Kyra Banks: I had a lot—I made a lot of friends that did drag. And I also worked with a lot of drag queens…at Olive Garden.

Interviewer: At “The Garden”?

Kyra Banks: Yeah. And so, I was just like “I want to try.” And…yeah, started from there.

Interviewer: What was the first experience like for you? How did you feel doing it the first time?

Kyra Banks: It felt really good. I’d been on a stage before. Like that part wasn’t that crazy. I remember I had a—I remember the first song I did was L-O-V-E by Ashlee Simpson.

Interviewer: Nice.

Kyra Banks: That was the first song I ever did. It was kind of nerve-wracking because you have like the heels and…I was taught really well. Like, I had a friend of mine–I went to her house. It was during PRIDE and they were like “Okay, this is how you walk in heels.” And like, we put on heels, and I remember walking back and forth in the house I lived at. [laughs] They were like “No, that’s not right, that’s not right.”

Interviewer: Like a little training session?

Kyra Banks: Yeah. And then like, the trick is to vacuum your house in heels.

Interviewer: Really?

Kyra Banks: Yeah. That’s how they teach you because you walk back and forth.

Interviewer: Yeah, I guess that makes sense. Good to know. Um, so how did like your family, friends, and people close to you react when you told them, “hey, I’m doing drag now.” Like what was that like?

Kyra Banks: Um, my…some of my family knows and some of my family doesn’t.

Interviewer: Okay.

Kyra Banks: Um…my brother and sister, which are my only two siblings, they’ve both been to a drag show before, of mine. My parents don’t know, as far as I know. They probably have an idea, because they’ve been to my house and it’s like “Oh, that room is for storage!” [chuckles] because there’s, you know, drag everywhere.

Interviewer: Mm-hmm

Kyra Banks: Um…and I have some cousins down in New Orleans that have been to a show. So, there are some that know and some that don’t. Friends, like everybody knows. Like, people call me Kyra all the time. And I’ll answer to that sometimes before I answer to Andy. Like what? Who?

Interviewer: Okay, so mixed kind of reactions?

Kyra Banks: Yeah, mixed. But all very positive. Like, never like, my brother’s a musical theater major and he’s actually had roles where he had to dress in drag and, you know.

Interviewer: Did he come to you? Like please teach me?

Kyra Banks: No, he didn’t. Because it’s very different. Their make-up and stuff is very different. They’re not trying to look real, you know?

Interviewer: That’s fair. So where did your drag name come from? How did you get there?

Kyra Banks: Okay so…the first drag name I had was Kyra Carmichael because the first person to ever put me in drag, their last name was Carmichael.

Interviewer: Okay.

Kyra Banks: And I liked the alliteration of it. But then, I started to kind of out-grow that. And I was like I kind of what my own identity. So, I—it was one of the first pageants I ever competed in, I changed my name to Kyra Banks because I liked America’s Next Top Model, Tyra Banks. I was like, well I’ll be Kyra Banks. So that’s how that came about.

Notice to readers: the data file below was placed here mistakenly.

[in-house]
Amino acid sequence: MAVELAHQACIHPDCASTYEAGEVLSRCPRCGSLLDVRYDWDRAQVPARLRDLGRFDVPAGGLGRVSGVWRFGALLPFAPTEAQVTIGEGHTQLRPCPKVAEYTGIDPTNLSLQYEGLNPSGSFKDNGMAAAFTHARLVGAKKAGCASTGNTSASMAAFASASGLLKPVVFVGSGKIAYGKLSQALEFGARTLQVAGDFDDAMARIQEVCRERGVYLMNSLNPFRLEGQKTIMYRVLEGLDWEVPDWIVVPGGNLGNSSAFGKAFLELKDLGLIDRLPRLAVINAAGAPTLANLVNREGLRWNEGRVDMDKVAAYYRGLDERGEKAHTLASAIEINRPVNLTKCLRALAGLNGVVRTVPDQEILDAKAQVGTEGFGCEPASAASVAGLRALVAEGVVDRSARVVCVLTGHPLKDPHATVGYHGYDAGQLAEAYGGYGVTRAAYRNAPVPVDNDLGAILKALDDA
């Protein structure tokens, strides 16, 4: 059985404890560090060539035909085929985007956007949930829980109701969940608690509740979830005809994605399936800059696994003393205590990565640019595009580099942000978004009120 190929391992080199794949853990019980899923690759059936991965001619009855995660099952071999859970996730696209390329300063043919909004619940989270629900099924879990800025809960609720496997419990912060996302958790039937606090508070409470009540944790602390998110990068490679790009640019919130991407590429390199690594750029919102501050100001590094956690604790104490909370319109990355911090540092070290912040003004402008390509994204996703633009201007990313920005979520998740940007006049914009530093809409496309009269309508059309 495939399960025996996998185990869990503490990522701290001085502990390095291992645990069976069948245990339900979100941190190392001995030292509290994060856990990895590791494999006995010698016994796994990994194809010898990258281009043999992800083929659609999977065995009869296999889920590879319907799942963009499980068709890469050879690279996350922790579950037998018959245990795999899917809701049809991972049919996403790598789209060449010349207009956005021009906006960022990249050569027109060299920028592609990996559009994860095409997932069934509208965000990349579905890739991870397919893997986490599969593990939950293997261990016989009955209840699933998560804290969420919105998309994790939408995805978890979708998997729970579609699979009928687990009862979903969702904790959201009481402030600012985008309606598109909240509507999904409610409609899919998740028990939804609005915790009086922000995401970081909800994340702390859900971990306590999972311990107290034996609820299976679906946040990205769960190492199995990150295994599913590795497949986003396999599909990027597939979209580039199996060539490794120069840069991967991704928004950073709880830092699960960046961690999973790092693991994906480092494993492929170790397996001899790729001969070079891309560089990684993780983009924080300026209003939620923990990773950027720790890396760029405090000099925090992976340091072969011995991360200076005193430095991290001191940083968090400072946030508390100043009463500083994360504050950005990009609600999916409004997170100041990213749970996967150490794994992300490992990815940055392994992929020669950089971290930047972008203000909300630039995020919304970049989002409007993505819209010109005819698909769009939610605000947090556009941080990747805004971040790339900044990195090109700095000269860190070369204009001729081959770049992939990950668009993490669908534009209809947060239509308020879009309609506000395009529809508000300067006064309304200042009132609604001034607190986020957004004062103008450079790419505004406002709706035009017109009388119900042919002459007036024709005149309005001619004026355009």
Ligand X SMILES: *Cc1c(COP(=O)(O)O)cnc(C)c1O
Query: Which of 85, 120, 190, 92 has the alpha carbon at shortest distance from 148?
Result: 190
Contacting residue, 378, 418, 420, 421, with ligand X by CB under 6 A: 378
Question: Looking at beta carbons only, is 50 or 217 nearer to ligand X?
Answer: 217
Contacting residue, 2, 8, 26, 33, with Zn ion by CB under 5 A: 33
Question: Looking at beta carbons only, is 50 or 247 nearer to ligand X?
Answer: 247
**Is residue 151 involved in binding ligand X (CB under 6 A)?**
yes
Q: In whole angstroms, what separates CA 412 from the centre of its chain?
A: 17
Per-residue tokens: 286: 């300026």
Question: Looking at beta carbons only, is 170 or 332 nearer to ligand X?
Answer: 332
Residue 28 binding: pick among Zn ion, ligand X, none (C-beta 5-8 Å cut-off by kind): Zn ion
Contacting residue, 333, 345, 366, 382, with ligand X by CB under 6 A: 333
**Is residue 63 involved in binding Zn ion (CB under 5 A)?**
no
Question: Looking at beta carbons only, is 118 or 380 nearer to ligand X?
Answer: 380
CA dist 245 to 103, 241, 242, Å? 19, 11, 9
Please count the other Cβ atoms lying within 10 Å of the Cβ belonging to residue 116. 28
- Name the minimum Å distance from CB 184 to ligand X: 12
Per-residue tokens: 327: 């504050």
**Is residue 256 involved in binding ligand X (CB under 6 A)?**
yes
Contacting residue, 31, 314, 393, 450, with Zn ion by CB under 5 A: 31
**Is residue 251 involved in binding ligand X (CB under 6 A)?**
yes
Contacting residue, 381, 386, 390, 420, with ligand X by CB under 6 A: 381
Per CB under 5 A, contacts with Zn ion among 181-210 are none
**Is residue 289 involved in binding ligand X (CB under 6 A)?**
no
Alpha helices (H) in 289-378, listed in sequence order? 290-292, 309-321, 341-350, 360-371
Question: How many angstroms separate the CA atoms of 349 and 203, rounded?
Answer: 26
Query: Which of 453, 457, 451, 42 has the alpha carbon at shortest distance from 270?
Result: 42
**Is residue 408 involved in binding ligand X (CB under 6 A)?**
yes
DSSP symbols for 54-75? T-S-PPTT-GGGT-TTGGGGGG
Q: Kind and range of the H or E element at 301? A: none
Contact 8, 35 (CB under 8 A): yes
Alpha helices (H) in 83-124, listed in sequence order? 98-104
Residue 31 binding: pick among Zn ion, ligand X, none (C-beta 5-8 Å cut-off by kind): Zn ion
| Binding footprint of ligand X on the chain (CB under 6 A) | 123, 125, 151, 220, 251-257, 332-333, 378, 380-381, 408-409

Interviewer: Cool. Um…this is going to be a long question. So, there are a lot of terms for like different types and styles of drag. So, like what—do you use any labels or are there any labels that you feel like really apply to the type of drag that you do?

Kyra Banks: Are you talking about more like pronouns or descripting…?

Interviewer: Like description. Like there are camp queens, fish queens, and things like that.

Kyra Banks: Okay. I kind of feel—I mean I love doing comedy. I talk a lot on the microphone. I really enjoy that part of it. And people have always been like, “Oh, you should do stand-up comedy.” And I have a show here (Four Strings—a bar in Soulard, MO) on Thursdays that a do a lot talking-wise. Just to engage the audience. But I’ve done a lot of pageants. I don’t mind being funny. I think it’s good to be well-rounded. Especially now, because you have so much drag. Really, it’s kind of, like, crazy. When I first started and what I was aware of to now, where we have so many different aspects of it. Which is a really good thing, I think. But—I also don’t feel like—you shouldn’t ever, for me, personally, I don’t ever want to fit into like one. I’ll try anything! I’m not scared to be ugly. Like, the last show I had here, I did “white trash” with like crazy make-up and just had fun with it. So, I think that’s, for me, I just want to be able to have with it. And apply certain things when you need to. Like if you’re going to be in a pageant, you need to look a certain way and do that stuff. But day-to-day stuff I’m not scared to take a risk and do something different.